• Skateboard helmets are designed to sustain a series of small impacts at low speeds, while a traditional bicycle helmet is designed to withstand one big impact (like a crash)
  • Skateboard helmets don’t need the aerodynamic design of a bicycle helmet or quite as many huge vents.

How Long Does the Average Skate Helmet Last?

The useful life of a skate helmet varies based on use. Not just how often you use it, but how you use it (and how and where you keep it when you’re not using it). Some big factors that can affect a helmet’s protective capacity:

  • Exposure to chemicals found in skin lotions, sunscreen, or insect repellent
  • Temperature cycles from leaving it in a cold garage all winter or a hot car trunk for extended periods during the summer
  • How much ozone exposure it has had from the sun or from being stored near an electric motor
  • How many dings and dents it has received

A number of helmet manufacturers recommend replacing helmets every three to five years. For instance, Easton Bell Sports recommends replacing helmets after three years of use. The company acknowledges that this is a conservative approach but notes: "True, many or most helmets ten years old may work fine. What we can’t say is that any particular helmet of that age will perform properly." (Corporate Affairs Executive) It's not only helmet manufacturers who urge consumers to err on the side of caution regarding helmet replacement. The Snell Foundation is not-for-profit organization dedicated to research, education, testing and development of helmet safety standards. Snell also takes a more conservative approach to helmet replacement, recommending that users replace their helmet every five years. Snell cites many of the same reasons as Easton Bell for frequent replacement:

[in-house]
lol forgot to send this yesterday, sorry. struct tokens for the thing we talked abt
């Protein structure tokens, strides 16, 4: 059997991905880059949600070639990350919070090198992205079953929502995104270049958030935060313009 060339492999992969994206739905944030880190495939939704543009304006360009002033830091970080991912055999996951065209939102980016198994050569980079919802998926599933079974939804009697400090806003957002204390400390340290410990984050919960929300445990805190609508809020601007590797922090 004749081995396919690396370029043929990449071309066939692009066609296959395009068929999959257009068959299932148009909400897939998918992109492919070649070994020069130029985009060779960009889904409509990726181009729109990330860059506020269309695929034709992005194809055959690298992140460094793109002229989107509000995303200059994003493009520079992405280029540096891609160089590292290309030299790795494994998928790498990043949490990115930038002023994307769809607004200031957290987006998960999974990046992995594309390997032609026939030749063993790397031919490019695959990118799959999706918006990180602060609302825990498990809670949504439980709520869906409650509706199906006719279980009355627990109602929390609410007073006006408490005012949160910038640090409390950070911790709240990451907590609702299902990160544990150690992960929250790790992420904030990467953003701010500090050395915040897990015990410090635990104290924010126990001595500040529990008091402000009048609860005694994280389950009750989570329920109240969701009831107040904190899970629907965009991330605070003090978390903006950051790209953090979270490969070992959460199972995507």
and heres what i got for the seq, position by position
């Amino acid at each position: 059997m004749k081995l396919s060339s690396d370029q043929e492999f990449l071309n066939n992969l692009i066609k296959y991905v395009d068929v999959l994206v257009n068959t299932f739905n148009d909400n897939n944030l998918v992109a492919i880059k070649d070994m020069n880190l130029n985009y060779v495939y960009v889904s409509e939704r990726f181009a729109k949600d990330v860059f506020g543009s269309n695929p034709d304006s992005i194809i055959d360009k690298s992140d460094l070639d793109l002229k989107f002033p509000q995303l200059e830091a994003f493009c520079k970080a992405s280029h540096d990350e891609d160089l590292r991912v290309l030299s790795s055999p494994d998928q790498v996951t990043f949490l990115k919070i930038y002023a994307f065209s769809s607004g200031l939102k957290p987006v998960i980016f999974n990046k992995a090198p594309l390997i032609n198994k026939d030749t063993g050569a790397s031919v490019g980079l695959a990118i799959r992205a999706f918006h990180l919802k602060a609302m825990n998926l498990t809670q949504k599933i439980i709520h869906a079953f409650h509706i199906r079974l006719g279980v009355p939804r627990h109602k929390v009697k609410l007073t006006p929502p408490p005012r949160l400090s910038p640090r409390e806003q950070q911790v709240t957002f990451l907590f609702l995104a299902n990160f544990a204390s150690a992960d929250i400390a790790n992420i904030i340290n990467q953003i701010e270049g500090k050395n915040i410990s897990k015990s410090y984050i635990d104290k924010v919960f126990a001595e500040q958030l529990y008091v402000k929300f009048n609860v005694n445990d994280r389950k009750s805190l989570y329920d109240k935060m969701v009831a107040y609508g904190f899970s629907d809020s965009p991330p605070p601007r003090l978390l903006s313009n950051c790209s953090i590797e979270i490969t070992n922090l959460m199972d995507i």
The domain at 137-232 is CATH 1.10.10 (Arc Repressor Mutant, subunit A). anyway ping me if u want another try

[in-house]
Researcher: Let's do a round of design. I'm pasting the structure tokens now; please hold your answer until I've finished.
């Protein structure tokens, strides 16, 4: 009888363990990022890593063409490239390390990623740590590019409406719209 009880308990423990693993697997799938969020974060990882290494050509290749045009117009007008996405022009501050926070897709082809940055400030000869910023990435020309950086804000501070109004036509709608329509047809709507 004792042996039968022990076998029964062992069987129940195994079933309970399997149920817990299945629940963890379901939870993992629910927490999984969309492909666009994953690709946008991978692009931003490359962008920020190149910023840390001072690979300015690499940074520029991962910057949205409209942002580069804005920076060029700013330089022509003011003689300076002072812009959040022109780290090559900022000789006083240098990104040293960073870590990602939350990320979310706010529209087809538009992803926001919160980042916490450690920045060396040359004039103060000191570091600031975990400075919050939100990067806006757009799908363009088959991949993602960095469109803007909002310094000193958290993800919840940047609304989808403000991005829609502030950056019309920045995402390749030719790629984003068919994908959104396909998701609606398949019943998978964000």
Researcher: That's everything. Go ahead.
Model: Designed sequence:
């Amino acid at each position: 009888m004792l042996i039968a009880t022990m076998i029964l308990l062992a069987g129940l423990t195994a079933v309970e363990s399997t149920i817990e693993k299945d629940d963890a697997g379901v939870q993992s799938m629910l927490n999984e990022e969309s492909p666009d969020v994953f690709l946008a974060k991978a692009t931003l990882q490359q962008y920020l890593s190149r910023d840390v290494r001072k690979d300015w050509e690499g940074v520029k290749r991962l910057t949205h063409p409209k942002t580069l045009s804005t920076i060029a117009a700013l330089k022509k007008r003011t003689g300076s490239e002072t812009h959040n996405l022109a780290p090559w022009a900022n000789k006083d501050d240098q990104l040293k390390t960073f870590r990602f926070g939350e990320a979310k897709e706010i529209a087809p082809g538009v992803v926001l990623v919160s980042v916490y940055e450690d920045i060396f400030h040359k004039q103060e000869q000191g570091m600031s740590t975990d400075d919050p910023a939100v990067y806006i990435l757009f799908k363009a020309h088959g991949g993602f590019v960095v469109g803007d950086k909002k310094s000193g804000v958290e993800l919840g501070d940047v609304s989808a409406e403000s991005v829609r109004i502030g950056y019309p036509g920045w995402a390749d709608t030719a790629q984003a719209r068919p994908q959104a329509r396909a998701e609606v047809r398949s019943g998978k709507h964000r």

• The potential break-down of glues, resins and other products used to construct the helmet
  • Potential degradation from body oils and consumer products
  • Normal wear and tear
  • Snell also notes that "experience indicates there will be a noticeable improvement in the protective characteristic of helmets over a five-year period due to advances in materials, designs, production methods, and standards."

The folks at the Bicycle Helmet Safety Institute (BHSI) also weigh in on when to replace a helmet. They are a bit more liberal in their replacement recommendations, going beyond the five-year mark if a helmet is not cracked or otherwise damaged. BHSI also conducted a study of the effect of cosmetics and other commonly used chemicals on helmets. Their initial visual observations were that helmets dosed with DEET (used in many insect repellents) and those dosed with sunscreen showed some visible degradation to the protective foam liner. However, test conducted by an independent laboratory showed that, which the exception of a helmet dosed with gasoline, all the helmets still passed the CPSC bike standard. The complete results of the BHSI test (with copious photos) is online on their website.